April 27, 2004
Non-Equity Shows, Drab Lineup Hurt Series
By Jan Sjostrom, Palm Beach Daily News Arts Editor Friday, March 26, 2004
Another season, another Broadway series announced.
On deck for the 2004-05 Broadway in Palm Beach series are: Oklahoma!, The King & I featuring Sandy Duncan, Michael Flatley's Lord of the Dance, Oliver!, Chicago and a non-subscription special, Cats. Pardon my yawn.
Not one is a straight play, probably because of the expiration of supplier Clear Channel Entertainment's lease on the Royal Poinciana Playhouse in October and the dearth of touring plays in a market dominated by big halls and big-budget musicals.
A Clear Channel spokesman said the loss of the playhouse doesn't mean the series will never include a straight play again, but it's difficult to imagine many plays, which generally don't work well in large halls, coming to the 2,200-seat Kravis. It may be a long time before we get another Wit, Art or Proof.
Of the six productions, only Chicago has played on Broadway. Some might say it's misleading to refer to them as a "Broadway" series.
Aside from Chicago, the productions were created to tour. That doesn't always mean they're not as good as what you'd see in New York, but it usually does. Sets, costumes and other trappings generally are less polished and direction less sure-handed.
The new season also continues the disturbing trend toward non-Equity productions - shows using non-union actors.
Three of the shows are non-Equity, and a fourth, Lord of the Dance, has no actors, so doesn't qualify.
Why should this matter?
Let's set aside the question of whether non-Equity performers are inadequately reimbursed, overworked and taking work away from Equity performers - complaints Actors' Equity Association steadily makes - and look at the issue from the audience's point of view. Typically, Actors' Equity members are more experienced and better performers than those without union cards.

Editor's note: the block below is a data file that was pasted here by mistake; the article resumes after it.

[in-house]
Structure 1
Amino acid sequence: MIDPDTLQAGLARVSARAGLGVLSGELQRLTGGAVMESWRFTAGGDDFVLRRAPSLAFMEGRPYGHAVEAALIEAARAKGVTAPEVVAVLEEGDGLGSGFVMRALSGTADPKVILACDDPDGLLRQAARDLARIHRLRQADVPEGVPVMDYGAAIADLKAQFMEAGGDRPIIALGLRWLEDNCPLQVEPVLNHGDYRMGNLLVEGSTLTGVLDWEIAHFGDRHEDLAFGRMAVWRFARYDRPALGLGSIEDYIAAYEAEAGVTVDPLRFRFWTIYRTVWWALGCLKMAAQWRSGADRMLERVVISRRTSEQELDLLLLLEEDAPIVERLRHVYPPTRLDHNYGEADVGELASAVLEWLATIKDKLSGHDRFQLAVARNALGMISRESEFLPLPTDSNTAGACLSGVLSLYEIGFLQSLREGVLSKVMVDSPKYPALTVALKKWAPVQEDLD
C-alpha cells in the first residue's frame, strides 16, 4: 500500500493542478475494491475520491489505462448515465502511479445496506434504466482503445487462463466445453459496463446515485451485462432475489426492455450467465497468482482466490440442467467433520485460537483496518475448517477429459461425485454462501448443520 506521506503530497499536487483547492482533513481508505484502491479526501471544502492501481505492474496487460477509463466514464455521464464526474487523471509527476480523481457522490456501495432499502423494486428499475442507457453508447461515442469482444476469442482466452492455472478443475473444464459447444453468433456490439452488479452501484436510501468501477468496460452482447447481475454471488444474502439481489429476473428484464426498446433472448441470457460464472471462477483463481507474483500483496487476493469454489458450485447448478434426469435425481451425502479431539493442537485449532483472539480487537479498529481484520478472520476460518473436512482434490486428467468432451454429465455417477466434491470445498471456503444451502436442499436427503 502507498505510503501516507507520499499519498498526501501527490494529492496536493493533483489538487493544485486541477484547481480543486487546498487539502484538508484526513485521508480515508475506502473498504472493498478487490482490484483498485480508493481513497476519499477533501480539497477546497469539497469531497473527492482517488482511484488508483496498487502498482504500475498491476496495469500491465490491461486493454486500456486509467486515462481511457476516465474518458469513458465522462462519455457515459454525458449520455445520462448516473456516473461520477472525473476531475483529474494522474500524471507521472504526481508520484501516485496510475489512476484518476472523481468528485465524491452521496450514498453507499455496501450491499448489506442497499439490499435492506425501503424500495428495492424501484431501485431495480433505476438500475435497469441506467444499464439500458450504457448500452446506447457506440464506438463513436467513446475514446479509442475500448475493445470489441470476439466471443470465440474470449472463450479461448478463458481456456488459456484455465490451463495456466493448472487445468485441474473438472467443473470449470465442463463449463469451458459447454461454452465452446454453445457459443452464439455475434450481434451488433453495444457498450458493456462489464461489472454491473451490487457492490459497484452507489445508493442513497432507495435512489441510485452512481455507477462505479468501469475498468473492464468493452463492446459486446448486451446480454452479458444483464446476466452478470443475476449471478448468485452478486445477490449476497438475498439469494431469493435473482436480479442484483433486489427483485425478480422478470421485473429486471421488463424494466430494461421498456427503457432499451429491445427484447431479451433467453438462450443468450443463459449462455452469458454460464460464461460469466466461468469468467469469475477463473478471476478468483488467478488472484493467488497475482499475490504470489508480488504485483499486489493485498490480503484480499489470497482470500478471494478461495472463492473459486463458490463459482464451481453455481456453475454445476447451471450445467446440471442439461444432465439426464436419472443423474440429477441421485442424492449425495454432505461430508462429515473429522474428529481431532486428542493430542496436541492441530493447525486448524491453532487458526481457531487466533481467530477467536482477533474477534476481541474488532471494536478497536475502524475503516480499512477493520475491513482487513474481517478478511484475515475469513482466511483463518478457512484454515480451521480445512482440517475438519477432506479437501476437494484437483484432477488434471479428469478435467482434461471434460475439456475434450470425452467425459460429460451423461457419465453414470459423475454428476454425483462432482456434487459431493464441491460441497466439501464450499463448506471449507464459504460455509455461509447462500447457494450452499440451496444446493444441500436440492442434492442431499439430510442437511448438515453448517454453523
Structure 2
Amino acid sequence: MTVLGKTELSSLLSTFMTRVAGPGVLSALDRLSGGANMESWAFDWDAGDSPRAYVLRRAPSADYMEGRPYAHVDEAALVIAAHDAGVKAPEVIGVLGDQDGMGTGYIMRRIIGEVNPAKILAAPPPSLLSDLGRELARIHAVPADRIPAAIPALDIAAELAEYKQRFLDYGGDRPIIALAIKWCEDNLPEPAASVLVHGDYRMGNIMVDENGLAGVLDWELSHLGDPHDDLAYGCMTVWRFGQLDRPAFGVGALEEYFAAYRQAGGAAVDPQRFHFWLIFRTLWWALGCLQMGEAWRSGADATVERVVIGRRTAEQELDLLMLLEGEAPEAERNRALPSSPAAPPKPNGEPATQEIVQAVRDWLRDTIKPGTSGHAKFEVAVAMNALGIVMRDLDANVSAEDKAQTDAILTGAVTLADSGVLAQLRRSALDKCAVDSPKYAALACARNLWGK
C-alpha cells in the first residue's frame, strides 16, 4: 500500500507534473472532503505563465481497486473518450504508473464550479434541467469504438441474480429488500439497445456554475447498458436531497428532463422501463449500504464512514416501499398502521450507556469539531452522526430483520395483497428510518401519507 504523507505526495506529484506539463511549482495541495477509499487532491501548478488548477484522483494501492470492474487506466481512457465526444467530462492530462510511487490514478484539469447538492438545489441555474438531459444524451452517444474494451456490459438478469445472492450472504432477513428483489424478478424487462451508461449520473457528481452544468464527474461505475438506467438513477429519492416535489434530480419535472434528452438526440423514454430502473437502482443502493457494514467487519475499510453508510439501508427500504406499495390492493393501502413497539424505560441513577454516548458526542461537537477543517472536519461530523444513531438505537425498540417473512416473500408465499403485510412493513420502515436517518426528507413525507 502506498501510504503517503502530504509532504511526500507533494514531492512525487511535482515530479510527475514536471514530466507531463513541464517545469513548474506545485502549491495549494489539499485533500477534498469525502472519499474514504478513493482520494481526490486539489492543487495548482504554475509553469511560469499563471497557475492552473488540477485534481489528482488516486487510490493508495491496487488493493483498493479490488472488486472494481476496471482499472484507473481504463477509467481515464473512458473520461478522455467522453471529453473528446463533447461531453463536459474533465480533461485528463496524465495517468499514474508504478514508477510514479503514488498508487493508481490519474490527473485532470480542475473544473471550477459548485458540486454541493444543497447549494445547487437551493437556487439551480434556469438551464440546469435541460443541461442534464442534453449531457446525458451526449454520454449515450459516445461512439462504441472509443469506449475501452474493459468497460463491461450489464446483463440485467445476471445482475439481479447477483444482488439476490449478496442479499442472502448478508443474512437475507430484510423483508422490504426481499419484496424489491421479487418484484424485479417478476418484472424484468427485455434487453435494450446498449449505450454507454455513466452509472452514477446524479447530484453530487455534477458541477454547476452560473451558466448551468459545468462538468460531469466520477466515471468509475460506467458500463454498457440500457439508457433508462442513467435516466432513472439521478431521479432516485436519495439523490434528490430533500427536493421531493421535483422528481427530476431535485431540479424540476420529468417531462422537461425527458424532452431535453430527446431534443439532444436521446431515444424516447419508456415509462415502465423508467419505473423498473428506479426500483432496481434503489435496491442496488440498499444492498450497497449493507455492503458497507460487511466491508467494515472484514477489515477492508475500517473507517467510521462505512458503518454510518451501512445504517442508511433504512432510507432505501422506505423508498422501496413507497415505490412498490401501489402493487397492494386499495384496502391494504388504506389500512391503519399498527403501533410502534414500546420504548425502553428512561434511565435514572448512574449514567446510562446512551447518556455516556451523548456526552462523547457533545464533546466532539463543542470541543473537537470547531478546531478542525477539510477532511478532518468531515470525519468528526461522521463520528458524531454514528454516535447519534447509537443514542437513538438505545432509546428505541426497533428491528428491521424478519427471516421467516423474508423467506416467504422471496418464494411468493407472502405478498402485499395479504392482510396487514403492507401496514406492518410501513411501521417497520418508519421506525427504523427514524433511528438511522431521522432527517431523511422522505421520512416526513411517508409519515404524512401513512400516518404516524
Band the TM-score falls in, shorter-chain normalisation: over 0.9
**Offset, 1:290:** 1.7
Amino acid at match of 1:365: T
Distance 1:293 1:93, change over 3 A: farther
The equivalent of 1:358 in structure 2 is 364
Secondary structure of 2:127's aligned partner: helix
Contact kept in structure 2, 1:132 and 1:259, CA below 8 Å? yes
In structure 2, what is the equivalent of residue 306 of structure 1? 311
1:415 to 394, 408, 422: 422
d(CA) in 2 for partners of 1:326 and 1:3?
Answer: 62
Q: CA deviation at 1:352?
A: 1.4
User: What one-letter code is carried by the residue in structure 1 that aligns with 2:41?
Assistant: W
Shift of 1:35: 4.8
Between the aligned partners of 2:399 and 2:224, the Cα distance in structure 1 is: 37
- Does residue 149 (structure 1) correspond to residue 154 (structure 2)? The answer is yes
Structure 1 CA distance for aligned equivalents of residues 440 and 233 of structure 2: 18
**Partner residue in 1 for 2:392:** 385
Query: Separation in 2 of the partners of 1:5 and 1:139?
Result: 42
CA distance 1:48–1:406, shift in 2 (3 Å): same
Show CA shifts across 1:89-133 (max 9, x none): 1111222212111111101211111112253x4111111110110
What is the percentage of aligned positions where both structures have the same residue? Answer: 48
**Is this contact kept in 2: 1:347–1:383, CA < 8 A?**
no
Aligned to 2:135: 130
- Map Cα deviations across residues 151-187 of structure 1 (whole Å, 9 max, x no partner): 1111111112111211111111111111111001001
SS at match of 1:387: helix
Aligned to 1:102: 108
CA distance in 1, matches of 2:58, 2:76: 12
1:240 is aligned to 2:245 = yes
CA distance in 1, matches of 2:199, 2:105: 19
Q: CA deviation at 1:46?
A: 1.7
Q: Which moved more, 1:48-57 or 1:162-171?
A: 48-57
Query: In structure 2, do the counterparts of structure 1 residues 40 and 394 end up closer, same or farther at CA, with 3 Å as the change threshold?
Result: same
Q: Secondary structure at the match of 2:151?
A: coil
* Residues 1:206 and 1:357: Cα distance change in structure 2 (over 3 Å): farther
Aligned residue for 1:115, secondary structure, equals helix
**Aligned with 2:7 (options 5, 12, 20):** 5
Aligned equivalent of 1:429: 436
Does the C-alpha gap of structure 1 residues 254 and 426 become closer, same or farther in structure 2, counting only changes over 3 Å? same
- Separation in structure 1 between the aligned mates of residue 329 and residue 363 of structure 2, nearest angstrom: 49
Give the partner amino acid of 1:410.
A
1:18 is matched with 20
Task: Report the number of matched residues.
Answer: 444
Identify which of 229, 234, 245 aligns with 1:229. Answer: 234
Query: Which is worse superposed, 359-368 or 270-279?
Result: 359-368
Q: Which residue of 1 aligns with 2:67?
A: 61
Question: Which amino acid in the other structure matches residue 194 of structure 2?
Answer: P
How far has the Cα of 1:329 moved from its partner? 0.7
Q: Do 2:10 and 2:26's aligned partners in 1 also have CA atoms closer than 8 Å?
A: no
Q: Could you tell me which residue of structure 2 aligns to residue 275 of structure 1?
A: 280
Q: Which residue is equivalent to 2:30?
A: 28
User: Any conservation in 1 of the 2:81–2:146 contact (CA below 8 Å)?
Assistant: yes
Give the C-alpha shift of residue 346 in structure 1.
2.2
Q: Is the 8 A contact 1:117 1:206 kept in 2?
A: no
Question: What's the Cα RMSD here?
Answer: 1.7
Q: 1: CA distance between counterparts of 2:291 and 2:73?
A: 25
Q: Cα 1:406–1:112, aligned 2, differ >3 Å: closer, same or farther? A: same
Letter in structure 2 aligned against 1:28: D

The Clear Channel spokesman said that the expense of touring shows has grown so steep that many wouldn't tour at all if not for non-Equity productions. That doesn't bode well for the future.
Another problem is that the season is full of old shows. There are newer shows touring, notably Movin' Out and Urinetown: The Musical, but they're not coming to the Kravis.
The Palm Beach series usually is less adventuresome than those the company presents in Fort Lauderdale and Miami Beach. The audience is more conservative, and smaller, making it riskier for Clear Channel to program newer material.
The shows are old in another way, too. Cats has been to the Kravis twice, in 1993 and 1999. The King & I visited the center in 1998, and Chicago in 1999.
Broadway series shows don't cost as much as seats on the real Broadway. Single-ticket prices this season ranged between $31 and $80. But they're not cheap either.
Theaters nationwide are lamenting the decline at the box office. Clear Channel doesn't seem to realize that programming inferior product is likely to thin what audience there is.